In this lesson, students analyze how art and poetry can be used to talk about climate justice and write their own climate change poem with a message of hope.
Step 1 - Inquire: Students read the poem “Dear Matafele Peinem” by Kathy Jetñil-Kijiner and reflect on what they noticed, wondered, and felt about the poems.
Step 2 - Investigate: Students analyze a poem and investigate how climate change is affecting communities and people around the world.
Step 3 - Inspire: Students use the information they collected to create a piece of poetry about a climate change issue.
This lesson aligns with Hawai'i's Nā Hopena A'o HĀ-BREATH Framework.
Students are given voice and choice throughout the lesson.
Students engage with a variety of resources and choose the ones that help them best learn.
Students use creative means to give voice to climate change action.
Teacher should preview resources and be familiar with the poem before the discussion.
Teacher may need some background understanding of the history of the Marshall Islands.
Students should have a basic understanding of imagery and alliteration, as well as why they are important.
Students should have a working knowledge of climate change to engage with this lesson. Starting resources include:
Students should be adept at opening links and looking at resources on their own.
Students need access to laptops or tablets to see or watch resources.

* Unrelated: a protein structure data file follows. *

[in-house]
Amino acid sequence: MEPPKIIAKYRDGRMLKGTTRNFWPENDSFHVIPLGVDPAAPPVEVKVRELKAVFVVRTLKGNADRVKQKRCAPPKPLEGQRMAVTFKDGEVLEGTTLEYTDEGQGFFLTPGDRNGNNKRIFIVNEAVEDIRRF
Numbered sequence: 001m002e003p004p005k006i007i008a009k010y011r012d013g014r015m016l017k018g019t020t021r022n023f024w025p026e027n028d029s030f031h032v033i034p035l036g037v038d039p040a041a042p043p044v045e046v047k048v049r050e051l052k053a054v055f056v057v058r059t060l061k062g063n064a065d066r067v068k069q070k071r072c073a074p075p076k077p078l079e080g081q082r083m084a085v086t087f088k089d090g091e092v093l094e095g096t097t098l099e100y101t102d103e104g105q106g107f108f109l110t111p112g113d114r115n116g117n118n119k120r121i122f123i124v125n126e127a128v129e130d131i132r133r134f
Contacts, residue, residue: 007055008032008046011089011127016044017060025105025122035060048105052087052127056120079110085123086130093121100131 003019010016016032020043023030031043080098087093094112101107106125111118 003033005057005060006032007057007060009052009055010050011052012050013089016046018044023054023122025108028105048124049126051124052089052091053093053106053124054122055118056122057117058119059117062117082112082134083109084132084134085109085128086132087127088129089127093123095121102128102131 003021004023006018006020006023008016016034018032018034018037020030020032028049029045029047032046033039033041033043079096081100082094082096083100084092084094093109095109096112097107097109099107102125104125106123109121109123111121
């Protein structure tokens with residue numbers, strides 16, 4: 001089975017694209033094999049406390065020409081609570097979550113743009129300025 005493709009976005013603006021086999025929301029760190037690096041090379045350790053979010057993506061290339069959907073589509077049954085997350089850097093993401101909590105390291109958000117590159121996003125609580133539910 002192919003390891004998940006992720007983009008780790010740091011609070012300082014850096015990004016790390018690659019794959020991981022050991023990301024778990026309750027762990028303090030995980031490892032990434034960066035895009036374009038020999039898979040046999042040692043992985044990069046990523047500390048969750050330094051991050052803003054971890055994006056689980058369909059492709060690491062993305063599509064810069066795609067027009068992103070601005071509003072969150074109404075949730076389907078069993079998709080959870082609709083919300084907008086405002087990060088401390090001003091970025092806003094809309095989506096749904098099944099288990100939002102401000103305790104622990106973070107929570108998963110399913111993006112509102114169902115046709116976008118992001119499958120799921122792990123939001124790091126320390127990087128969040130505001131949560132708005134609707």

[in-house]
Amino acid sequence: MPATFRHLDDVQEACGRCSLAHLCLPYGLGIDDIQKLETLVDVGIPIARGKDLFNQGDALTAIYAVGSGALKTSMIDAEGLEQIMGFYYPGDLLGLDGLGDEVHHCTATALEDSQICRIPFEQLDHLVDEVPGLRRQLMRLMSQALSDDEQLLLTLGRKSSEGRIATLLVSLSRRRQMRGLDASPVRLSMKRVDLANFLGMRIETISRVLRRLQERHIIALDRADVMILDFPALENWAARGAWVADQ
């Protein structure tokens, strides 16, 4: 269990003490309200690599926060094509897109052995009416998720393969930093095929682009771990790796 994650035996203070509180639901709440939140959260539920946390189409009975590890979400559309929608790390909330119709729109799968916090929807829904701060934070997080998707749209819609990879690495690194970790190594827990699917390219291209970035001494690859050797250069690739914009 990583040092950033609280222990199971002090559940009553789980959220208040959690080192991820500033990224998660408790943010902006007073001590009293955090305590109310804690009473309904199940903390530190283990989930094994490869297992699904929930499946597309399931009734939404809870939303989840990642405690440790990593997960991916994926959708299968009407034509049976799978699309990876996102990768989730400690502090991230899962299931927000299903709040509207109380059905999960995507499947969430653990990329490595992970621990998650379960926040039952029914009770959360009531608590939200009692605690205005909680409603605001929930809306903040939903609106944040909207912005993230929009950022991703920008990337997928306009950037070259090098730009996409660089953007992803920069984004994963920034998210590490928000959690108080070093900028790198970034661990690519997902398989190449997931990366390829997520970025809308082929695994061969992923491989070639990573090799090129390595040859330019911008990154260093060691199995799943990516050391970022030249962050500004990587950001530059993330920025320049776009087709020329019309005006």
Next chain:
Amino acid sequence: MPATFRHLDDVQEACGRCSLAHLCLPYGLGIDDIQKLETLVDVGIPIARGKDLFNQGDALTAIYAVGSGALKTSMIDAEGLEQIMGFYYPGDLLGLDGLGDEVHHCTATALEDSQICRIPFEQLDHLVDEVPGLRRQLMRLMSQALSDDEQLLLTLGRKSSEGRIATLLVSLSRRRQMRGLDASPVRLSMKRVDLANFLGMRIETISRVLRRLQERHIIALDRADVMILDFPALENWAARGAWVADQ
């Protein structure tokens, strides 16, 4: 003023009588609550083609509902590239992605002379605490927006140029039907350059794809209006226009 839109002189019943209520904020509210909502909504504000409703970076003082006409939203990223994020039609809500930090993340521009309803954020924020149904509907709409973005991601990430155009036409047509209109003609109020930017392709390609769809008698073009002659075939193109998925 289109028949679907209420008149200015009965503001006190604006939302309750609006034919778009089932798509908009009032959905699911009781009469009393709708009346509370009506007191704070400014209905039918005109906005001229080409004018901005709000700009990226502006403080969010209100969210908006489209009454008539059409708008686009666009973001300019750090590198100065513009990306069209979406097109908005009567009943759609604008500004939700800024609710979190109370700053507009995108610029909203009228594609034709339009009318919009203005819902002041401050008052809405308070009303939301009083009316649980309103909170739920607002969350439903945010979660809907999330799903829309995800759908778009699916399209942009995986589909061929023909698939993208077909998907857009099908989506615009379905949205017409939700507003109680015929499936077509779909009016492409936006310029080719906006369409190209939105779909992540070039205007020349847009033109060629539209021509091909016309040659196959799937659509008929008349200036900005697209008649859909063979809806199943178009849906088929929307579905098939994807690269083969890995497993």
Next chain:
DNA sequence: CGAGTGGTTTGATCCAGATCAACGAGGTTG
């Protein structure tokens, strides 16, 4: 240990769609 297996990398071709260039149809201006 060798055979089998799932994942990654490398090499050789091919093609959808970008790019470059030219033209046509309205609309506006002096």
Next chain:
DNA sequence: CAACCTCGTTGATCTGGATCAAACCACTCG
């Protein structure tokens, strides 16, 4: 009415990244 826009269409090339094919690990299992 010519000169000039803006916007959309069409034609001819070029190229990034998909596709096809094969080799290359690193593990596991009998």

Many parts of the lesson can be completed individually, in pairs, or in groups depending on what the teacher believes is best.
Teacher can provide more structure or specific writing elements for students as needed.
Students and teachers can explore and discuss the history or experience of the Marshallese people, both in their home country and in Hawai‘i. Resources can include the following:
Students can research other climate change poems to attach to their projects, analyzing the connection between the two.
Students can use poetry and other forms of art in this lesson to communicate and share their ideas for tackling climate change. In addition to learning how to spot alliteration in poetry, they will be motivated to share their own experiences about the effects of climate change and ways they can take deep, rapid, and sustained action. It is advised to teach this lesson because it passed our science review.